"Serving Berkeley, Oakland, Piedmont, Grand Lake, Emeryville, Rockridge, Temescal, Lake Merritt and the East Bay"

(510) 788-6110

Teresa Allen MFT

Licensed Marriage Family Therapist #39878

Dissociative Identity Disorder (DID), previously called multiple personality disorder, is far more common than once thought. The stereotypical presentation of DID over-emphasizes switching among parts of the self.  Less than 10% of people with DID show this obvious switching. Persons with DID experience their parts  as voices, smells, acting out behaviors, or out-of-the-blue thoughts and feelings.  These parts of self may be in active, powerful disagreement much of the time.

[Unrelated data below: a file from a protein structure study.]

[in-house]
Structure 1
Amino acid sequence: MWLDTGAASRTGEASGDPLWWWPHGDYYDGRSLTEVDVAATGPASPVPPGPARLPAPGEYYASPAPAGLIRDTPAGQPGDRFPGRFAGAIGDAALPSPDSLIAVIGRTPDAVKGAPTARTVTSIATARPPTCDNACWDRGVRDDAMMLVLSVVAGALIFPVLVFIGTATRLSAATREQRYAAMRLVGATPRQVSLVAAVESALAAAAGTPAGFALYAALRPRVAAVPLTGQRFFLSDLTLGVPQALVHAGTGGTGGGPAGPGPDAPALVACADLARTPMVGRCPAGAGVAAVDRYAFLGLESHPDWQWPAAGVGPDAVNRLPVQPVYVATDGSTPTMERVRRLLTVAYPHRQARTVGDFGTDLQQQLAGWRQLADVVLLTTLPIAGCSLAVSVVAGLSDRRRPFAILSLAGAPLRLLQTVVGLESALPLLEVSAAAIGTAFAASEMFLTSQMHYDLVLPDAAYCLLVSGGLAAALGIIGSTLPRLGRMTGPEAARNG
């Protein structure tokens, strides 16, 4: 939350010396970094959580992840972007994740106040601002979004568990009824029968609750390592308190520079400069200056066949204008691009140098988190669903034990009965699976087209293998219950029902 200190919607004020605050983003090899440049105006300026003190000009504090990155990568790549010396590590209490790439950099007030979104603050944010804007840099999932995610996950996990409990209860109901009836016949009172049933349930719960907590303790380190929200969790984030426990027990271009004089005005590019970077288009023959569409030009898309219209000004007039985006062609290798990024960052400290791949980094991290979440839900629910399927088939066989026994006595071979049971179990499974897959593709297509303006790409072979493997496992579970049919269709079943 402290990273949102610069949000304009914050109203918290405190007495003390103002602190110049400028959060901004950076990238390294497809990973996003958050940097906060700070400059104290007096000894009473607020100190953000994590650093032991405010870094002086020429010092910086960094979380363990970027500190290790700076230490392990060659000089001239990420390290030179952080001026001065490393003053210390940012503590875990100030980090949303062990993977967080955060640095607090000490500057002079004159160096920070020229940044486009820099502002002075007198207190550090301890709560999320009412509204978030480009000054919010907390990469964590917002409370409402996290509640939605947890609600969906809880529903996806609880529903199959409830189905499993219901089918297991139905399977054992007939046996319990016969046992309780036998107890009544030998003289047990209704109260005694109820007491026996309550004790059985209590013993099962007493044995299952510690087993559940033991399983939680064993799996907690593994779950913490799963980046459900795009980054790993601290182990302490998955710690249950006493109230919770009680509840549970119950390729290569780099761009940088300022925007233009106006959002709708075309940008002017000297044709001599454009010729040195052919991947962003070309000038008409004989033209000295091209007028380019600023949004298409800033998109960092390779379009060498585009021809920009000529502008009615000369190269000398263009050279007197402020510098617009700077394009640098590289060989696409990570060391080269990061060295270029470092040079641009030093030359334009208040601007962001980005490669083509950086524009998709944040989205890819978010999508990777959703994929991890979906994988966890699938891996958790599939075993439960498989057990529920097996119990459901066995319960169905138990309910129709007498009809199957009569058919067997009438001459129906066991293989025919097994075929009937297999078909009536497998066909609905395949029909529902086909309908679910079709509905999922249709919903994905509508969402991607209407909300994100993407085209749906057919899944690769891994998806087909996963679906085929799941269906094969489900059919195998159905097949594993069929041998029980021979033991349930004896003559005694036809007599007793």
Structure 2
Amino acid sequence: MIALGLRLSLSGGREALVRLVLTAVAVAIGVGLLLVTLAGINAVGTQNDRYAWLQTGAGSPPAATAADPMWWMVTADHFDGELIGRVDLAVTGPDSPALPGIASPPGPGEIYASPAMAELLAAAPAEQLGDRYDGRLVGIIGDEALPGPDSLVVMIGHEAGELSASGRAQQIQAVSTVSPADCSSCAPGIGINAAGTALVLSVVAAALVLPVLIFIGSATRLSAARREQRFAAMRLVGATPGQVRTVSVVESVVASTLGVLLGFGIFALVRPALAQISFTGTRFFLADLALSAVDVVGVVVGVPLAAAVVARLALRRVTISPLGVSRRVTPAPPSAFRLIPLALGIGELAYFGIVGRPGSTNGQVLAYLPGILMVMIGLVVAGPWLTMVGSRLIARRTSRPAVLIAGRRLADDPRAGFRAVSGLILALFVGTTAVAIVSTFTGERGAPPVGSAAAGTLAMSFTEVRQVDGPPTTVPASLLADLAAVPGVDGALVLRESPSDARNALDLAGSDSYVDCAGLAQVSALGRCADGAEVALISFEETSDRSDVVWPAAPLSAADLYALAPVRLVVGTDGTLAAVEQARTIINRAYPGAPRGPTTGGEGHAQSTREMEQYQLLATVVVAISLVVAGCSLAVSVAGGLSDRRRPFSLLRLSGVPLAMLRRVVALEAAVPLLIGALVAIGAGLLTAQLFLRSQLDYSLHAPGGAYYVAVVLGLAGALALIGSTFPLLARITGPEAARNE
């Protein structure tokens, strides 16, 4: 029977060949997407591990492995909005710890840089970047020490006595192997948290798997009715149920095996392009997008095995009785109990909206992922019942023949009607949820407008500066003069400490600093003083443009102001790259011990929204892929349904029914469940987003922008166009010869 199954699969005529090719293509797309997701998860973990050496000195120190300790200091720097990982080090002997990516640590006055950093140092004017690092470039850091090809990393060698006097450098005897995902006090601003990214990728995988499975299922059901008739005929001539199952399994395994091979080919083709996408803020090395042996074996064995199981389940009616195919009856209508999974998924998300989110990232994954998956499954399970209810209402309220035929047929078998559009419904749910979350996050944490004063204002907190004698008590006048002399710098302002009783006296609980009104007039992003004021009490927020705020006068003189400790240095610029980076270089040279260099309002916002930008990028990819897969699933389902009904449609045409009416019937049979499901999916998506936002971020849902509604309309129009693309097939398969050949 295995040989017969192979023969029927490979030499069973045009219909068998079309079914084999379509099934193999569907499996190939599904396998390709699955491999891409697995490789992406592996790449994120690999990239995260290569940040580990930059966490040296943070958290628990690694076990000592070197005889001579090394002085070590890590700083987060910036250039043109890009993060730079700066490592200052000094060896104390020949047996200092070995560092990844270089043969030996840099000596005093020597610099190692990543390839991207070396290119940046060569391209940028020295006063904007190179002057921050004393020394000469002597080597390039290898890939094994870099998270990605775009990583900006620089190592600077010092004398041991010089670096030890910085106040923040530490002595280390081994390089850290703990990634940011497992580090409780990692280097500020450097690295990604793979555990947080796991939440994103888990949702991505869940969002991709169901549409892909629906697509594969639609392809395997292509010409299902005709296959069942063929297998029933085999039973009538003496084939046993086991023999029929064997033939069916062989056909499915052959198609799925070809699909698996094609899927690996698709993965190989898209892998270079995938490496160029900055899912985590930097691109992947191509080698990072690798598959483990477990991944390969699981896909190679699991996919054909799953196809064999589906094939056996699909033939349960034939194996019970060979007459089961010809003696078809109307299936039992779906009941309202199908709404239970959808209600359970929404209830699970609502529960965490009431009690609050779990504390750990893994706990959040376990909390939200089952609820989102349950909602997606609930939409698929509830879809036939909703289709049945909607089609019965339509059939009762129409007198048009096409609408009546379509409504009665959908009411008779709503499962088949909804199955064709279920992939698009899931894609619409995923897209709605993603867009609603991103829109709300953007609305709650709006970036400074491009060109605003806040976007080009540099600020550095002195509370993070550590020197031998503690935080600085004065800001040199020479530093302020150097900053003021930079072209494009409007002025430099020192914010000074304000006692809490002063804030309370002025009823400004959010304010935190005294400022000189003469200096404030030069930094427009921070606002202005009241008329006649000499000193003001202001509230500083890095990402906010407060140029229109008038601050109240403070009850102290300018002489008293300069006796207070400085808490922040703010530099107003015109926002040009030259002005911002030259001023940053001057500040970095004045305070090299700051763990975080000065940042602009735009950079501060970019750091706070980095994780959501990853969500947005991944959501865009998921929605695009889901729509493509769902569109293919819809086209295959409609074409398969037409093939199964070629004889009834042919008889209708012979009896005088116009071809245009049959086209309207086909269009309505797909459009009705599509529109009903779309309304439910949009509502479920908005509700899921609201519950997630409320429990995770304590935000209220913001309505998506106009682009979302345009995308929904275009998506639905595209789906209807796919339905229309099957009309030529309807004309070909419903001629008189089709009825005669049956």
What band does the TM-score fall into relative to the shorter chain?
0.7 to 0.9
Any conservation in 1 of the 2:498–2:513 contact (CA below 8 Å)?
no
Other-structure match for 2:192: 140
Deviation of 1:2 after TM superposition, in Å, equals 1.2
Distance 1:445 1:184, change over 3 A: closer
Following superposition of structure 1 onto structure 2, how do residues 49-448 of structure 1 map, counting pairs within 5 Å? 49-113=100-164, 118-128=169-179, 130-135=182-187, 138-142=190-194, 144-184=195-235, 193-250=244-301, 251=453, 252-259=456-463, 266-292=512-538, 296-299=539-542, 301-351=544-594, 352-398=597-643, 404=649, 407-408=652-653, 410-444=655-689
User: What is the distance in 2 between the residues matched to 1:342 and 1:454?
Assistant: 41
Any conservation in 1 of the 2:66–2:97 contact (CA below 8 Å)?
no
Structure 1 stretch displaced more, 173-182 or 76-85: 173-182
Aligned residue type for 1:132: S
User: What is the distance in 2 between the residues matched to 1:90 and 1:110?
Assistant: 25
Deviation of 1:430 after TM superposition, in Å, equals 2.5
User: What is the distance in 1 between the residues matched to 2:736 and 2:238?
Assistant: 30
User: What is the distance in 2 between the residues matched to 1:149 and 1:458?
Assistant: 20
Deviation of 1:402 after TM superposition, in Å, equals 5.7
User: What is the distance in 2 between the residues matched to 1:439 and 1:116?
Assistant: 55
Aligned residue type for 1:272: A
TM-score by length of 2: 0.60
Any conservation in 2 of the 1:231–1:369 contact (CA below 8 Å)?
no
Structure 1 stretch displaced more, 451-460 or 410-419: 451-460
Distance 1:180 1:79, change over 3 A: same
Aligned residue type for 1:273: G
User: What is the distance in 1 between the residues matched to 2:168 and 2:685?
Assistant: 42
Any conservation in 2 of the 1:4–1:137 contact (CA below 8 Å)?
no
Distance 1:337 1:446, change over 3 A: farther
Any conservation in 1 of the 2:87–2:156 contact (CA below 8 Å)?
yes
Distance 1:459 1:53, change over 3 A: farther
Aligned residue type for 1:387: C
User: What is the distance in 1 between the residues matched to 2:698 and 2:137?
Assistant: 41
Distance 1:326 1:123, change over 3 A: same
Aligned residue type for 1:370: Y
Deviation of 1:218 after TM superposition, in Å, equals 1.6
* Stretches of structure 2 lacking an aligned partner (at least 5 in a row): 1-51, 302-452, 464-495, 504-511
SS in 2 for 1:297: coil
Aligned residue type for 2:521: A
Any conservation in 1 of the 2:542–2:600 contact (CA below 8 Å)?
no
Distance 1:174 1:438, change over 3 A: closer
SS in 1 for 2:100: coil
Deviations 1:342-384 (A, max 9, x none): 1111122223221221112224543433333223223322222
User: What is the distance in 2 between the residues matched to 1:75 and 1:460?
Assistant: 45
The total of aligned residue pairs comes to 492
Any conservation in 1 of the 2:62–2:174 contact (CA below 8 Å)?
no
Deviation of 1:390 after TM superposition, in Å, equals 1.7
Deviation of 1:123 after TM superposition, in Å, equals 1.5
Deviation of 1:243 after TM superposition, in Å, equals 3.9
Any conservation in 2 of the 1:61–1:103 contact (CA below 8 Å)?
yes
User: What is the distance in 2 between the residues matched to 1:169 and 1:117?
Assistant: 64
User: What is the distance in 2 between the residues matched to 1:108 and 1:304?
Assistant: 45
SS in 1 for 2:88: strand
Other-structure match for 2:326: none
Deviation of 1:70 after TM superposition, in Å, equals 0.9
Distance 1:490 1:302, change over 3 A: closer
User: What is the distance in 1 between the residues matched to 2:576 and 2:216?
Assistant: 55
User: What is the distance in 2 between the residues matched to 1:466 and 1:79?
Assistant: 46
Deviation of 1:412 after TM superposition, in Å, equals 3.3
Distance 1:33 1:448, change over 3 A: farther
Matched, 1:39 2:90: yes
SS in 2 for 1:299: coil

A better way to think of DID is as “various simultaneously active and subjectively autonomous strands of experience that are rigidly and profoundly separated from each other in important ways, such as in memory, characteristic affects, behavior, self-image, body image, and thinking styles.”  (Elizabeth Howell, Understanding and Treating Dissociative Identity Disorder, p. 3).

Current explorations of  dissociation are transforming how we see the mind.

Psychotherapeutic treatment of DID has been shown to be very effective. (Bethany Brand, et. al, Psychological Trauma: Theory, Research, Practice, and Policy, Vol. 1(2), Jun 2009, 153-171).

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